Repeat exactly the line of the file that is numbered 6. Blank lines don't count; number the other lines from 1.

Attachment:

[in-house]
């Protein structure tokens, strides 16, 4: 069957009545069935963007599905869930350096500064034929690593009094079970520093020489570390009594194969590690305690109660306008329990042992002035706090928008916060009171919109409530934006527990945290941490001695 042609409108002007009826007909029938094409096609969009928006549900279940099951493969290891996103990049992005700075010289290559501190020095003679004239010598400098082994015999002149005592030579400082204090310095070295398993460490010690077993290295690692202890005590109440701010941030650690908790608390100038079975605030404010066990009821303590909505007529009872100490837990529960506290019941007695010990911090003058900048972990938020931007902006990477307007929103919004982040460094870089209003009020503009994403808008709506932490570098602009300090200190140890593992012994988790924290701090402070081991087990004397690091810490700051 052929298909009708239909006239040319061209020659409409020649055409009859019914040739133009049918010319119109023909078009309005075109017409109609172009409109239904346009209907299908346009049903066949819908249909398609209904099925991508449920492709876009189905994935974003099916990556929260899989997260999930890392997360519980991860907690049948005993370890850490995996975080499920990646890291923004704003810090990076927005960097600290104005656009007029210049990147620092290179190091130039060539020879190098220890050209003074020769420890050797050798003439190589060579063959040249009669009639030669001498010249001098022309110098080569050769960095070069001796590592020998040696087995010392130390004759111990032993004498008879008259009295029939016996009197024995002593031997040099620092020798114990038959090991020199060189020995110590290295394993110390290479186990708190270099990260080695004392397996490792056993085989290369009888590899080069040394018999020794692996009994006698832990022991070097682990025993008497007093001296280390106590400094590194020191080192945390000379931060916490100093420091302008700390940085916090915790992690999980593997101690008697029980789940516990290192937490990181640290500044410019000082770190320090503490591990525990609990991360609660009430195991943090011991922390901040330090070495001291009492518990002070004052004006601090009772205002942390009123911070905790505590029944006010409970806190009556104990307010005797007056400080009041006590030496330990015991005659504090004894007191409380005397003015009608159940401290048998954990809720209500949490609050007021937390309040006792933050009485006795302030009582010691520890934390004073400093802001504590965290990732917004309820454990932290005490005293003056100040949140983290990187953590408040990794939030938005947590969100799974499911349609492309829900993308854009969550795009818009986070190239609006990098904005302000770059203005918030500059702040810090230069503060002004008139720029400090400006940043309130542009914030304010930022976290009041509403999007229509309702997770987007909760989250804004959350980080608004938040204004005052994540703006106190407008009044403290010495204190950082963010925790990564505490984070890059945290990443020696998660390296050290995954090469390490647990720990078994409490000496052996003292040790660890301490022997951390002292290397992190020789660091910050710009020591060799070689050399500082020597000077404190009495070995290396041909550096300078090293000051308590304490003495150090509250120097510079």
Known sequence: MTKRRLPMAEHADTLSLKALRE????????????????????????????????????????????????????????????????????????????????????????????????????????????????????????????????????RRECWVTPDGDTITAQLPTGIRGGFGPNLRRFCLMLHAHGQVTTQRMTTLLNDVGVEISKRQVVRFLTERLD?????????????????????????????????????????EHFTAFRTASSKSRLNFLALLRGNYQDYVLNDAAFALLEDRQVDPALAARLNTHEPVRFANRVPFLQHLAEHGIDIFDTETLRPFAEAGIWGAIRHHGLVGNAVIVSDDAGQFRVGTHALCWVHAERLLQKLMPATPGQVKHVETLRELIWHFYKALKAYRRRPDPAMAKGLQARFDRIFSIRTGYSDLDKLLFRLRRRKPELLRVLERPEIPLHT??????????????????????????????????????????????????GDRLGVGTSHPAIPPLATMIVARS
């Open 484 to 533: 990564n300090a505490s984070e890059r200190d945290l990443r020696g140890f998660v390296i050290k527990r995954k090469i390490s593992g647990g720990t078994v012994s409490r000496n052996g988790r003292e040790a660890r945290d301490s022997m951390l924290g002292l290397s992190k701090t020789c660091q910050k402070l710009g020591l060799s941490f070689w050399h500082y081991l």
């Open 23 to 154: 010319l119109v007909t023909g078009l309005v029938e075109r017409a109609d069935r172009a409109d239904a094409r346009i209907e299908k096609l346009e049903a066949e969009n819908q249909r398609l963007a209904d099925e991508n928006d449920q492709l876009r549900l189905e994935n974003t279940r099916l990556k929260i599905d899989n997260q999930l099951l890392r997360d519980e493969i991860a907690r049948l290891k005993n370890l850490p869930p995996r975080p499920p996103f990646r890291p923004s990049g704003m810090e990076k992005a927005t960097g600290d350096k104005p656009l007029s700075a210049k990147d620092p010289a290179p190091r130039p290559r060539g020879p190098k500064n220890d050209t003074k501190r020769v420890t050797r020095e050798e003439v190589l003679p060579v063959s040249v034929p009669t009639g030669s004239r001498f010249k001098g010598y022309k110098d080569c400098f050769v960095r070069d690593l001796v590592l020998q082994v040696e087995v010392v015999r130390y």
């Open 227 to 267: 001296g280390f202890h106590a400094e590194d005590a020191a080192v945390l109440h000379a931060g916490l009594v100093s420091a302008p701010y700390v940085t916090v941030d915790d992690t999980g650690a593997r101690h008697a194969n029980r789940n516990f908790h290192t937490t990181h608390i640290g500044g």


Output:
């Open 227 to 267: 001296g280390f202890h106590a400094e590194d005590a020191a080192v945390l109440h000379a931060g916490l009594v100093s420091a302008p701010y700390v940085t916090v941030d915790d992690t999980g650690a593997r101690h008697a194969n029980r789940n516990f908790h290192t937490t990181h608390i640290g500044g």